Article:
Your encore stage of life is a prime time to share your existing expertise, as well as your newly acquired knowledge. You can teach the subject matter to others, either in the form of employment or as a volunteer. As you teach, you continue to learn more about the subject as well as yourself and interacting with others. Lastly, you will leave a legacy of the value of your expertise with others who learn from you.

How to enhance your expertise

There are numerous ways to refine what you already know and learn about new subjects that fit your retirement lifestyle, such as:

  • Online learning
  • Universities, colleges, community colleges
  • Professional associations
  • Centers for life-long learning
  • Government agencies

How will life-long learning enrich your retirement lifestyle?

Janice Williams, Retirement Coach, www.welcomingretirement.com

 

Discover Your Family Treasure

Stories of familyThe encore years of life offer Baby Boomers a time for reflection and conversations to discover valuable family stories. When you uncover the stories you hold for your own life you create greater awareness of how you fit into your family. And, when you share your stories with others in your family, you expand their perspective of their own lives, as well as of the family as a whole.

Reflections on your own life stories can help you design your retirement lifestyle. What do you remember as the most important? Are there any repetitive themes? How can they inform your choices for the next stage of your life?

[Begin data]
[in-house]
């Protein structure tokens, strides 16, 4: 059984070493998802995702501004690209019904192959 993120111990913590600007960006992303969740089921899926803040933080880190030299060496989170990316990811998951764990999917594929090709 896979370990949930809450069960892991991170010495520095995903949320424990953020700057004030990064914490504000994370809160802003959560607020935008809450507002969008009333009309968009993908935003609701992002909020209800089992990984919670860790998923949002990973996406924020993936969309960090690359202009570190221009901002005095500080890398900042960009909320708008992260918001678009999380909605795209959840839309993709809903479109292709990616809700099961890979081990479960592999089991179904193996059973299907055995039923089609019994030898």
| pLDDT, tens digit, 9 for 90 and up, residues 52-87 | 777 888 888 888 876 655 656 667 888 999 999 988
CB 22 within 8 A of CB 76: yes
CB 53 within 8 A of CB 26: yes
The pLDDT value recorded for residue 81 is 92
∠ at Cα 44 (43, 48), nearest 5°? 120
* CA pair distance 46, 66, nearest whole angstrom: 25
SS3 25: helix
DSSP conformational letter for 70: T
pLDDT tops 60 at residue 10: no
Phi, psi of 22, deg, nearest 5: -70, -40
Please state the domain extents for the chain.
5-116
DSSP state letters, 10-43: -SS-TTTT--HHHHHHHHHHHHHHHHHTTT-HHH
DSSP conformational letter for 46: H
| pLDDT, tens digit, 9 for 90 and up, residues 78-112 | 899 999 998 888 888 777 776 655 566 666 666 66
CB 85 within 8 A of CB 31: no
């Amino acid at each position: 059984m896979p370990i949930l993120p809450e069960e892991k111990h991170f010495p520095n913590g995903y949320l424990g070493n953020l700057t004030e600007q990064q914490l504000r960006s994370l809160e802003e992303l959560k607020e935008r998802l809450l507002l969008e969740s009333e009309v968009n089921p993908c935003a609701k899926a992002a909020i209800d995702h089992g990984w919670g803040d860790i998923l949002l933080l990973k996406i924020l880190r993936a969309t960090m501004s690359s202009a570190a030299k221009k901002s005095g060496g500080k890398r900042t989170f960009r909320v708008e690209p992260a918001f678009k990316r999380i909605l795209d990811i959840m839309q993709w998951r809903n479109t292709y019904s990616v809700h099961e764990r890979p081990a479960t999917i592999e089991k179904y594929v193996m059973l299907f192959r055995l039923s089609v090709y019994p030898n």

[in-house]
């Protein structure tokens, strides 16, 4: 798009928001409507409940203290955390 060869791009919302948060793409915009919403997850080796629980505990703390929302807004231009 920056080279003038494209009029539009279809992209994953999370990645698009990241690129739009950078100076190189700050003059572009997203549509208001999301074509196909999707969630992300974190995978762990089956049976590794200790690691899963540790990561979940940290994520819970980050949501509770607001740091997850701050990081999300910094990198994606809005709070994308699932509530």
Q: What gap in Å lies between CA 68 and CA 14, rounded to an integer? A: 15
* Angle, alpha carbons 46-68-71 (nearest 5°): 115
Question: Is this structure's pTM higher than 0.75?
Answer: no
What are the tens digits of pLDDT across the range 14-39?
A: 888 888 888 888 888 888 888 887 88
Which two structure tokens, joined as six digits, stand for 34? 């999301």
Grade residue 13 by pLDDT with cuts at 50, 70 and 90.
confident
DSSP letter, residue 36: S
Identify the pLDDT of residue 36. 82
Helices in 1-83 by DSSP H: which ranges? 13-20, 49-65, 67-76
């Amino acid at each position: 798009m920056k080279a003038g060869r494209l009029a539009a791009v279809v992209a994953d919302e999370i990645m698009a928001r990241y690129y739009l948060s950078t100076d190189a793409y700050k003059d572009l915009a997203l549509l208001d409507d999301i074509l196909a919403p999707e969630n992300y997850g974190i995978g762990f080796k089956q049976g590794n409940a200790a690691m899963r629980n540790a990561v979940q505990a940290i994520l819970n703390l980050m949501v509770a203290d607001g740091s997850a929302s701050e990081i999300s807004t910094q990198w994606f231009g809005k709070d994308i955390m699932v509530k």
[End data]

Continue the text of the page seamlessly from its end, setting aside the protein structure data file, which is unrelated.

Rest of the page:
Discovery Process

There are many ways you can discover your family treasures, including:

  • Journals and diaries that you and others have kept, or currently write.
  • Asking other relatives what they remember about events that you remember – their memories may be illuminating.
  • Allow other relatives to interview you with their own questions which you may never have thought of.
  • Record your discoveries to share in the future by writing them down, or by making audio or video recordings.

Sharing Your Stories

Family members may think they know each other well when they have grown up together. Other relatives may know each other superficially because they see each one another infrequently. Instead of keeping conversations on a mundane level, I encourage you to share the wisdom you have accumulated throughout your life when you reach your retirement years. Your stories will allow others of all generations to know and appreciate you more. Your perspectives on life can inform family members of new ways of experiencing life.